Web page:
waiting for his relief carrier at Little
Beaver mall station. The relief carrier
was a man named Green who, oddly!
enough, came from Green river. Green
was late and McCone, becoming anx
lous, drove ahead to investigate. Near
ing the stAtion which was known as
I Màjioniki PtSTIUtKS
A consistent leader in the
field of low-priced bourbons,
Windsor is an odds-on favor
ite with men who really know
whiskey value!
■[ ■'
x.
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.
UHnils
\
[ eg g et» ..;
9) PROOF — STRAIGHT BOURBON WHISKEY
NATIONAL OUTILLE RS PXODUCTS CORPORATION. Exeemtier Often N. Y. C
j
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|
___—-
Early-Day Trail Blazer in Dawson County
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GENERAL GEORGE A. CUSTER
Antelope, he came upon his relief car
rier and a man named Donovan. Both
had been shot by Indians. The men had
been riding in a buckboard when the
savages approached. The horses be
ca^e excited and ran aw,ay at the sound
of the war whoops of the Indians and
the two white ^n^mowing thatlt was
the Intention of.the.todtasi teJake
the wagon and horses, abandoned It.
Wounded, they crawled into the sage
had been therefor 24hours when Me
Cone d r^n
in
had been «ho* ^ the side and was in
terrible agony. .McCone put toe two
men h* his bucklward and droyc to a
surveying camp, 35 miles away. Upon
h , ls fc Fï val S* .ff 6 ,
, î£5nn W rtiSfn
the ?!,« „am»
P°*t *«
ouch was the hardiness of the men
^Jio first carried mall to the outposts
the Montana frontier.
Chief Errs, Makes Amends
B ut there was comedv as well as
traeedv on the frontier and in his
poojupt McCone related the story of his
adventures as a fur-trader He was lo
catedata hunttag campofthe Gros
Ventre Indiansat ithe mouth of Ä
teen-Mlle creek, in 1881. There were 40
lodges in the camp and the chief was
a handsome brave named Hard Horn.
Hard Horn's son h,ad been selected by
government authorities tor education
in a military school at Hampton, Va.
The boy had been gone for a long
time and Hard Horn was very anxious,
for he had not heard from him. He
appealed to McCone to do something
for him so that he might know li his
boy was s<ife in the white man's "place
to learn fighting." McCone wrote a
letter to the president of the college,
requesting that he send word to Hard
Horn concerning his son. Hard Horn
could not understand why he did not
receive an answer to the letter at once.
He set a deadline and when the letter
was not forthcoming he was so en
raged that the entire Gros Ventre camp
withdrew from McCone's vicinity and
refused to trade At his store. Finally,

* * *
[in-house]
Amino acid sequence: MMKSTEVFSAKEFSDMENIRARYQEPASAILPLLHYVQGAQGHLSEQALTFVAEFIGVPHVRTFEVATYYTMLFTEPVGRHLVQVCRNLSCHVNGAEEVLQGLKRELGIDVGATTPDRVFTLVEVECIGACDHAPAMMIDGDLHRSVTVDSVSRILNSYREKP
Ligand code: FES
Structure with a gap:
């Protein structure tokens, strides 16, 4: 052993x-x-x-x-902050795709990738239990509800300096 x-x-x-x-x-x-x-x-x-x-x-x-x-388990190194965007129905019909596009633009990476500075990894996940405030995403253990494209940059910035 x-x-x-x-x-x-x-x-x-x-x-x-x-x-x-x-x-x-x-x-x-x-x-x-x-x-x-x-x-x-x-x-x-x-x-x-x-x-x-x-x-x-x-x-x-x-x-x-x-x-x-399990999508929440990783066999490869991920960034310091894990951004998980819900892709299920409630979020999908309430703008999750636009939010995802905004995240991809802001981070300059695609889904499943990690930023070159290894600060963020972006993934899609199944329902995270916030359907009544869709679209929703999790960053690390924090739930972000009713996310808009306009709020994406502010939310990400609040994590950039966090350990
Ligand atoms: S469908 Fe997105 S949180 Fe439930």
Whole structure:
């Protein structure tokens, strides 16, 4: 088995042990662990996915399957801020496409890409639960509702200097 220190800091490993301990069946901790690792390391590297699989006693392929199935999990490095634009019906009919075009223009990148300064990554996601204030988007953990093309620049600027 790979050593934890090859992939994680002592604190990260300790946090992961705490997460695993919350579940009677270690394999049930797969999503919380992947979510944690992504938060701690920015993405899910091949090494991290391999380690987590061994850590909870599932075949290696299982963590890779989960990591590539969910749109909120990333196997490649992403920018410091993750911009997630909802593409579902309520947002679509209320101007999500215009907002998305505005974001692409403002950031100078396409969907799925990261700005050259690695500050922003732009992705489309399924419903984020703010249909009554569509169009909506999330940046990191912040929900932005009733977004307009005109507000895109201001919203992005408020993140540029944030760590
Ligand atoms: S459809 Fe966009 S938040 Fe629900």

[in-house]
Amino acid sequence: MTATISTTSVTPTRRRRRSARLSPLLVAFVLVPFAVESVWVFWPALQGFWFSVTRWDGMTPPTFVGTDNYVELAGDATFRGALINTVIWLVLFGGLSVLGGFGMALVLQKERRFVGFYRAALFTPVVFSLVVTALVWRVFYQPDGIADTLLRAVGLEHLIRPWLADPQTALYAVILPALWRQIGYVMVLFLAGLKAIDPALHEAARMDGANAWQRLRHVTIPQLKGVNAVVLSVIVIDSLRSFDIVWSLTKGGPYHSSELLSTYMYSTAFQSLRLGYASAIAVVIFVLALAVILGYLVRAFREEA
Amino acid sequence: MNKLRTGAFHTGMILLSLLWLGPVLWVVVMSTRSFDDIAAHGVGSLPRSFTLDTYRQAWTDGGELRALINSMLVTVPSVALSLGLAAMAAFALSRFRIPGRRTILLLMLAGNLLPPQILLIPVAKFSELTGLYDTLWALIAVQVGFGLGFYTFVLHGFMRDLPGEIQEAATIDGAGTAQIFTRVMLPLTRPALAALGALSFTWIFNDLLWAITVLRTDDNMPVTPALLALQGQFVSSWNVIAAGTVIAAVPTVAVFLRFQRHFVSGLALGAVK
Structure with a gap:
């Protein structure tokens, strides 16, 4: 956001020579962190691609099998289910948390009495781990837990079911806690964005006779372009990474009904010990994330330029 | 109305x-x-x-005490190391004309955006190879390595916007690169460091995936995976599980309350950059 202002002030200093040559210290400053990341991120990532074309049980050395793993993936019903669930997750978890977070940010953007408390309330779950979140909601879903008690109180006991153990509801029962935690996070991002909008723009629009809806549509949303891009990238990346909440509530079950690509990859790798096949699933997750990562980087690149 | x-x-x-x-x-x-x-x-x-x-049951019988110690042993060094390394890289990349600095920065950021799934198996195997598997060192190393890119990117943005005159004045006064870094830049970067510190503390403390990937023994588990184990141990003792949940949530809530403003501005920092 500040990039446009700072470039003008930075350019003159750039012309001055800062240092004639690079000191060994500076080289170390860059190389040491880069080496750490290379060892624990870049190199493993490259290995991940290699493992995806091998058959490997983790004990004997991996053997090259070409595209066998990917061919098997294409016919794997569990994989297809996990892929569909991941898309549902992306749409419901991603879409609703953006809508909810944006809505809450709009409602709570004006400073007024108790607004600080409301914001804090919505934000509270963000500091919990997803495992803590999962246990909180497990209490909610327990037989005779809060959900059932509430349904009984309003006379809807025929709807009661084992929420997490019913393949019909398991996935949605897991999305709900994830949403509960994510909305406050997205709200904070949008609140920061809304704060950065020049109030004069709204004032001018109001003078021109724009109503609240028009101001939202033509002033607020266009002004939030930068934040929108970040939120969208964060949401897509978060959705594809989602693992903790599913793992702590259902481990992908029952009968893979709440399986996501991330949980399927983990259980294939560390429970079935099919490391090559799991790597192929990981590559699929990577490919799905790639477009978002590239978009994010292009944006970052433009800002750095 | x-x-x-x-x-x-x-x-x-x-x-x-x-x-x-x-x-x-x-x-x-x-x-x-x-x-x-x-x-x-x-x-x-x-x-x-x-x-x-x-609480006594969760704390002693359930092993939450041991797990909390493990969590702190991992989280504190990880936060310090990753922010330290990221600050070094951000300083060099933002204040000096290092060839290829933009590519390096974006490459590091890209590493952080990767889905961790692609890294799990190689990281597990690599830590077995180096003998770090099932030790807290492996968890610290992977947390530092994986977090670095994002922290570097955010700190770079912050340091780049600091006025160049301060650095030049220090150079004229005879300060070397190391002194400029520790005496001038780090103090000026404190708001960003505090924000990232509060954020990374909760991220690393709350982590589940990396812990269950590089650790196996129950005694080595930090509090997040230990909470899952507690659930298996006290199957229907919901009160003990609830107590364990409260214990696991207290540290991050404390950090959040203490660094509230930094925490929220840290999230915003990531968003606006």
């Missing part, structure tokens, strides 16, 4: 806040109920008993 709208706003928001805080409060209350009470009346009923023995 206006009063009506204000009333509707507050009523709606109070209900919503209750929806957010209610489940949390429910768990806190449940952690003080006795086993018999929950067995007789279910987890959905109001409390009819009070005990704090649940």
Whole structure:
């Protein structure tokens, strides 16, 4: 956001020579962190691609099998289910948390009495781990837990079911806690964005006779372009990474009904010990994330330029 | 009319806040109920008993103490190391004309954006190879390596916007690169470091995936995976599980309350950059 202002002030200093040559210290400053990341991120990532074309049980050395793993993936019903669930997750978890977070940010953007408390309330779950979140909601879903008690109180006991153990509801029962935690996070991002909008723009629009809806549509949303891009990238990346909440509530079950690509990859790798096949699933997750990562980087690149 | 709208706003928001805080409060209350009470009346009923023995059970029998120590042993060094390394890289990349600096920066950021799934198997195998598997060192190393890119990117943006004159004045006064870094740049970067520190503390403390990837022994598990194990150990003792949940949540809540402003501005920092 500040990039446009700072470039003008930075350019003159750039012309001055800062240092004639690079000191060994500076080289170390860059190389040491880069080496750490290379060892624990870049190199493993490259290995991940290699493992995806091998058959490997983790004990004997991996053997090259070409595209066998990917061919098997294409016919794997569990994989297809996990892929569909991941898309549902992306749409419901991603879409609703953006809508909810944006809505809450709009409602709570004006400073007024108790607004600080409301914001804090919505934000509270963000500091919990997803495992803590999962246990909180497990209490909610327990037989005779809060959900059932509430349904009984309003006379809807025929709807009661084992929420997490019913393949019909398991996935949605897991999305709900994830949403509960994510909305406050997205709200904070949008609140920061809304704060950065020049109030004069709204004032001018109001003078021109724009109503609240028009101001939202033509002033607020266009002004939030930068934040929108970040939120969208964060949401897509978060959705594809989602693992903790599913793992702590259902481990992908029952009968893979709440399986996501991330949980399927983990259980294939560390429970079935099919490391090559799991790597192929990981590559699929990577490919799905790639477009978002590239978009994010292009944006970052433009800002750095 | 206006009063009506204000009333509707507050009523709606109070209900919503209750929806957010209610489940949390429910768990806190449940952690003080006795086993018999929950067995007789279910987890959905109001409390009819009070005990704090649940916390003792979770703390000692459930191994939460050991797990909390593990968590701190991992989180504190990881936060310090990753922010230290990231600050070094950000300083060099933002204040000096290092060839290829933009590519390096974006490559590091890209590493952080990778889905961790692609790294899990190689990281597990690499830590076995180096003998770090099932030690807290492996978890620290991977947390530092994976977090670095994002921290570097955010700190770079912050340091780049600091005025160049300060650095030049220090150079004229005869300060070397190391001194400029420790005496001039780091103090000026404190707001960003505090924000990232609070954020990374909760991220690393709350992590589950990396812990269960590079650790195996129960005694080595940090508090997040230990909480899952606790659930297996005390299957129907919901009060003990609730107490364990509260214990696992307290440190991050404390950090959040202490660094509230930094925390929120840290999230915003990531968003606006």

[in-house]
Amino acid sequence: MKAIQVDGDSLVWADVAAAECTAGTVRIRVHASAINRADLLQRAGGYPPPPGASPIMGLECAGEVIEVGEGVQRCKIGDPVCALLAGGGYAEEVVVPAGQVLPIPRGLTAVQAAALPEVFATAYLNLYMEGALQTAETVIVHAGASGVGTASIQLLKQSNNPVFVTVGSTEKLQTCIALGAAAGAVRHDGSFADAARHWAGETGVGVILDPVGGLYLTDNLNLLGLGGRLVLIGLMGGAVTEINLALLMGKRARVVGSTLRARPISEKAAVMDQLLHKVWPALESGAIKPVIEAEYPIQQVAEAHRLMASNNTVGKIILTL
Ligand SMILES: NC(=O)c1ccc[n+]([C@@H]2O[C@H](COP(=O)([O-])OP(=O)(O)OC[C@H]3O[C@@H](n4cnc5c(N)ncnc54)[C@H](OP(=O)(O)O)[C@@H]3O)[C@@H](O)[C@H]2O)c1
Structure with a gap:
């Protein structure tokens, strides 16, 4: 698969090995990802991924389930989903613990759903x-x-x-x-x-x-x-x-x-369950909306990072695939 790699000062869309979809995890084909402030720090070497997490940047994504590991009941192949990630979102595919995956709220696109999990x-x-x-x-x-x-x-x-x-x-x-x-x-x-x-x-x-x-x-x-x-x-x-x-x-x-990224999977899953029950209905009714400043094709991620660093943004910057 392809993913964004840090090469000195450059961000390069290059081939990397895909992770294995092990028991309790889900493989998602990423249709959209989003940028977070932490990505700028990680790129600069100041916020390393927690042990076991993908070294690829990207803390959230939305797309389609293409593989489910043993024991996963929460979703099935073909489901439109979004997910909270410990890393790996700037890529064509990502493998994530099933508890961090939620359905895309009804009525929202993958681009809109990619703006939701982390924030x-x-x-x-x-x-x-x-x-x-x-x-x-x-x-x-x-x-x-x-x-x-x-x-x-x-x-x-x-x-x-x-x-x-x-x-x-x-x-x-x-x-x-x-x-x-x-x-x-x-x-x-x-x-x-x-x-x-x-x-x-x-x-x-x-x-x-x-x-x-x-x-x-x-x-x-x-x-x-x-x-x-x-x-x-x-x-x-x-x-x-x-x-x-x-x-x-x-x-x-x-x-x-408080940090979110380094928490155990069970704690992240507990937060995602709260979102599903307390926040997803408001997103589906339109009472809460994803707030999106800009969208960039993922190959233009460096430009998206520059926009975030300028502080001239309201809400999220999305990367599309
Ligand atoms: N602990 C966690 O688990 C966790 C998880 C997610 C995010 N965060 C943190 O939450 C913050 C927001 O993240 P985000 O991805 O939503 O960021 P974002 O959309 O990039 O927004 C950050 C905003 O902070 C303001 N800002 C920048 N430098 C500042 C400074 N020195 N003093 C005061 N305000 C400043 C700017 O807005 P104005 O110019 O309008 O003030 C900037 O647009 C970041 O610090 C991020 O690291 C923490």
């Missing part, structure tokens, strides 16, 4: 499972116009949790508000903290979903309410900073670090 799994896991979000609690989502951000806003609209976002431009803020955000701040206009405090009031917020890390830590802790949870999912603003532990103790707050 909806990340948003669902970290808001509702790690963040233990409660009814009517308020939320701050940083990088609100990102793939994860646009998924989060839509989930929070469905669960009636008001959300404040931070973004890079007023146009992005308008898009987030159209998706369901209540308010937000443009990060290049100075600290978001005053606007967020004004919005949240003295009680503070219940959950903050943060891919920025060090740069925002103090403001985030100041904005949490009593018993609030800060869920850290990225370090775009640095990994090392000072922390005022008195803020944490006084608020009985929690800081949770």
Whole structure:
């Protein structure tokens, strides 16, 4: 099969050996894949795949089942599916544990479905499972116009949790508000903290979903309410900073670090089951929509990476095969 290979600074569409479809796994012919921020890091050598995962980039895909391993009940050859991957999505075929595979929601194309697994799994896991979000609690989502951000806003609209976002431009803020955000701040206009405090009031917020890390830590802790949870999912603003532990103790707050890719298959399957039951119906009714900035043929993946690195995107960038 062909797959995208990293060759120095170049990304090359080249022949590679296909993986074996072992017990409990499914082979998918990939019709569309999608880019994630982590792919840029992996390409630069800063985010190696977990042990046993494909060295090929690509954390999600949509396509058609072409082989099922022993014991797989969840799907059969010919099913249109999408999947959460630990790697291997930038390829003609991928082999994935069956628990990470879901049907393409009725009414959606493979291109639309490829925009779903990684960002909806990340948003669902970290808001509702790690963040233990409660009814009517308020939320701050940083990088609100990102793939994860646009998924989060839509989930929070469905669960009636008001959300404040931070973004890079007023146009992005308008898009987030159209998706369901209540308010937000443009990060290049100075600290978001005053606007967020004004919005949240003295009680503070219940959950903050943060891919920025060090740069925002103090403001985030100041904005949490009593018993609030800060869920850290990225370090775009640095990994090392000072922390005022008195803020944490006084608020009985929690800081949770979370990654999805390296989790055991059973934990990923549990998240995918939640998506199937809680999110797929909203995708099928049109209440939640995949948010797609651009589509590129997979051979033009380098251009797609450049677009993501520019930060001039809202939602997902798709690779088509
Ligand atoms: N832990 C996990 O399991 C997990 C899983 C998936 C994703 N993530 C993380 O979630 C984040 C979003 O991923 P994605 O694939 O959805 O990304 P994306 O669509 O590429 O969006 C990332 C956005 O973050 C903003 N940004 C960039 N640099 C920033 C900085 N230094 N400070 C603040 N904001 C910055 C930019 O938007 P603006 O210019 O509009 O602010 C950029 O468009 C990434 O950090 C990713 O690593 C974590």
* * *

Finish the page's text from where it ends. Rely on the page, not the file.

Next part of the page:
after several weeks, an answer to the
. . ... .. ._.
letter arrived, and withlt was a photo
of Hard Horn's son. The old Indian
chief was so gratified that he made
profuse apology and presented a buck
skin suit, beaded leggings, gun sheath
and other accoutrements to McCone,
These gifts are preserved and are on
display in the Glendlve public library
Dawson county was among the first
of Montana's counties. It was created
five years after the new Montana ter
rltory was created. There were few
whlte people In the country at the
tlme ' 1116 on 'y whl £es being a few sol
dlers ,and trappers. The first large num
of w hite men came in for the buf
faJo hunts and for several yearn each
„inter saw large crews of robe hunters
kl ni ng buffalo and preparing hides for
shipment down the Yellowstone
river steamers. In summer these hunt
erB *P entl their time chopping wood
for sale to the river steamers. Among
the early robe hunters and wood chop
pers were Edward Marron and James
g^jg W h 0 c.ame to the area in 1876
^ W hose names are closely identi
fied with early Dawson county history,
Other early comers were J. L. Burns
and George Harpster, who brought
their families. Their descendants are
residents of the county today. These
men helped erect the Dawson county
courthouse, which was built In 1883.
? is one of Montana's oldest court
house buildings and is still in use.
Town Moves to Railroad
The route of the Northern Pacific had
much to do with the location of Glen
dive. The railroad arrived at the site
of Glendlve in 1881. A little town had
been started on a high flat above the
army supply station on Glendlve creek.
but when It became evident that the
railroad would not touch the site of
the village, the settlers moved their
town bodily down to the railroad,
One of Glendlve's earliest merchants
was H. F. Douglas, who built a great
on
POWDER RIVER
LAST OF GREAT
CATTLE LANDS
By WALTER ED TAYLOR
Many have heard of Powder
river; not so many have beard of
Powder River county.
Powder river gained its fame from
the famous cry, "Powder river, let
'er buck!" It is known as a river